In our column ‘Eyes on the Amazon’ we talk with artists, indigenous peoples, journalists, scientists and many more. Asking them to share their knowledge about the Amazon with us.
Jungle lessons 101.
Our recent event with Dennis McKenna was due to include a short lecture on Amazonian plants but when the evening spiralled into otherworldly conversation the proposed presentation was eventually skipped. Dennis kindly offered to share this plant compilation with the Xapiri community so here goes.. but first, a few words from Dennis to introduce this work.
The Amazon Basin is one of the most biodiverse regions on the face of the planet. It is home to more than one third of the approximately 240,000 known species of plants, more than 2.5 million insect species, over 2200 species of fish, 1300 species of birds, 427 mammals, and 380 species of reptiles. The biodiversity of plant species is reflected in the chemical diversity of the compounds found in these Amazonian species, many of which are bioactive and potentially useful to humans as medicines and nutrients. Like over 80% of the world’s peoples, the indigenous tribes of the Amazon, and increasingly the mixed mestizo populations, rely on this rich natural pharmacopoeia to meet their basic healthcare needs. Only a fraction of the world’s flora — by some estimates, less than 10% — of all plant species have ever been evaluated for potentially useful biologically active compounds. There is little doubt that there are billions, if not trillions, of dollars worth of block buster drugs that exist, ‘undiscovered’ in the Amazon rainforest. Only lack of time, funds, and willingness prevent the thorough evaluation of this chemical treasure trove. As ethnobotanist Richard Evans Schultes once observed: 'The medicines of the future will come from the forest primeval’.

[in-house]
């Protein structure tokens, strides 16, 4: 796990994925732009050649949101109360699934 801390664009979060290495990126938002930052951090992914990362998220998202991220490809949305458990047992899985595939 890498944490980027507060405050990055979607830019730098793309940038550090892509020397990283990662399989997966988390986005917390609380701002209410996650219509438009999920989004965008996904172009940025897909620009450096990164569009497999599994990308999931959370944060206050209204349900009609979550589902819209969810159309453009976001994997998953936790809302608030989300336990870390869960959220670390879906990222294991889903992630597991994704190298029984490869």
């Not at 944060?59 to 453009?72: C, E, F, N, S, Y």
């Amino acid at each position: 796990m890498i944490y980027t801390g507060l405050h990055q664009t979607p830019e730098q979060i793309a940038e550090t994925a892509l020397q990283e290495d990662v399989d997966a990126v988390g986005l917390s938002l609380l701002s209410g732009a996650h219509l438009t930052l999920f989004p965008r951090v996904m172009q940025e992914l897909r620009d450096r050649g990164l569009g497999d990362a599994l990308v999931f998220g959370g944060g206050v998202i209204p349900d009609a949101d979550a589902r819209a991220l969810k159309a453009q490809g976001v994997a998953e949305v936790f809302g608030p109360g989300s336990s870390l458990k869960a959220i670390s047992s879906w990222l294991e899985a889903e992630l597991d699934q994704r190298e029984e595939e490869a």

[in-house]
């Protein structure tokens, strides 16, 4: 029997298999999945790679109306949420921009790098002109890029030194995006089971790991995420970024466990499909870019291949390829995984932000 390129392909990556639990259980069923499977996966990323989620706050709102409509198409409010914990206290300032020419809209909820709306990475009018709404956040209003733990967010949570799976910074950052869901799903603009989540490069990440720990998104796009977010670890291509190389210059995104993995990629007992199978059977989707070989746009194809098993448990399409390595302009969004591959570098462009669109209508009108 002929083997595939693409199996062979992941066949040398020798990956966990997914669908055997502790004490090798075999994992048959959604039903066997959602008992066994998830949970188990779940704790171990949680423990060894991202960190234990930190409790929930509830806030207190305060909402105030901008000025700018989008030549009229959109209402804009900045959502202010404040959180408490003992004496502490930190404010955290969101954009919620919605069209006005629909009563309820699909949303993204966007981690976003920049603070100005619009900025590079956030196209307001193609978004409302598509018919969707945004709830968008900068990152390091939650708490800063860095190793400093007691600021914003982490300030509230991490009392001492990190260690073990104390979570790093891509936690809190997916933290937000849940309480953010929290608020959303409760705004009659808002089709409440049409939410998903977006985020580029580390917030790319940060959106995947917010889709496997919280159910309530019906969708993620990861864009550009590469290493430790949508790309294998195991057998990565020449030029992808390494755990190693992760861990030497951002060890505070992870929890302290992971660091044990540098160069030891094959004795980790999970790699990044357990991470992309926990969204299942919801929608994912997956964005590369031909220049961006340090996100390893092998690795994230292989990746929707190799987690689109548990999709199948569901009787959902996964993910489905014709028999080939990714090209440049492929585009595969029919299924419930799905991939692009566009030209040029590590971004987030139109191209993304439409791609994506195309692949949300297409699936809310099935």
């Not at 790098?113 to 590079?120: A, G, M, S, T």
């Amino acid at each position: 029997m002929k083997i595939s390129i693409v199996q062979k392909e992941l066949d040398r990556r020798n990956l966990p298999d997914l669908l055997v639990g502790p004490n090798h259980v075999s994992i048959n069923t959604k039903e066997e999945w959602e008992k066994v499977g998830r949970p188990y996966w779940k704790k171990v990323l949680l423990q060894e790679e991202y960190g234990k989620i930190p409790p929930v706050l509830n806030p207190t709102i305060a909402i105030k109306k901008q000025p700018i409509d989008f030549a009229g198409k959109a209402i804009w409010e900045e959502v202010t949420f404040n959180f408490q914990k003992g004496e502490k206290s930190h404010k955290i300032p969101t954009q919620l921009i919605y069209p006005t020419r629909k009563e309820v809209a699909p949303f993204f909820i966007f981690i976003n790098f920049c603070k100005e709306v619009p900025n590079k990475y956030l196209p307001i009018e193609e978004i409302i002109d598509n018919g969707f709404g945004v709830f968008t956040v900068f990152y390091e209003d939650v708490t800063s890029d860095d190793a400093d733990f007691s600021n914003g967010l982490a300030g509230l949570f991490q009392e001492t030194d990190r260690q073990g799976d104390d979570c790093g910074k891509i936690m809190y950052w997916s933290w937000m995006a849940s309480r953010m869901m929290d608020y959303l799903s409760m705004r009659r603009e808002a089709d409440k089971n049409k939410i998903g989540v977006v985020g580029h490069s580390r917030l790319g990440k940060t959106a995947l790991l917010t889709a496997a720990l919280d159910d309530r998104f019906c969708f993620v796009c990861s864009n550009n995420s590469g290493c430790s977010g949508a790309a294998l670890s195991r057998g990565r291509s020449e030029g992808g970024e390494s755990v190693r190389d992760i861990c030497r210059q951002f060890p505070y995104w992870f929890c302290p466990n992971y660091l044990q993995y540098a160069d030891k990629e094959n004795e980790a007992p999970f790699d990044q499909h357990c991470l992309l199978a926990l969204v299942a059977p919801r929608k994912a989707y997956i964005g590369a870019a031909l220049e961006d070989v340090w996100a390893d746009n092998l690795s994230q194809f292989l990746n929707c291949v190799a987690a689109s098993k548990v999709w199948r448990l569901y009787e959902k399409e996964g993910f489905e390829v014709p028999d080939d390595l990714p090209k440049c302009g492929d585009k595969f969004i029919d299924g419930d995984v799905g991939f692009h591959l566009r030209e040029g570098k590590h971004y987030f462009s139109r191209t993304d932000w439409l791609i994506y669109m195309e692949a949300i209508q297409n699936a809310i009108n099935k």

Although most of these species may be unknown or ignored by science, many are known to the indigenous peoples whose habitats are located in this vast rainforest. Through trial and error, experimentation and necessity, the people of the rainforest have discovered the healing properties of many of these plants and utilize them in their own systems of traditional medicine. The greater part of this folk knowledge is not codified or written down anywhere; and as these cultures succumb to cultural decimation, as the habitats that are the home of both the peoples and the plants they utilize are degraded and destroyed, this knowledge, and the biotic resources, will be forever lost. As ethnobotanist Mark Plotkin once observed, ‘when a medicine man dies, it’s as though a library has burned down.’ Dozens of libraries are burning every day in the Amazon and elsewhere in the world, as the people, plants, and plant knowledge of rainforest ecosystems succumb to the rapacious onslaught of ‘development.’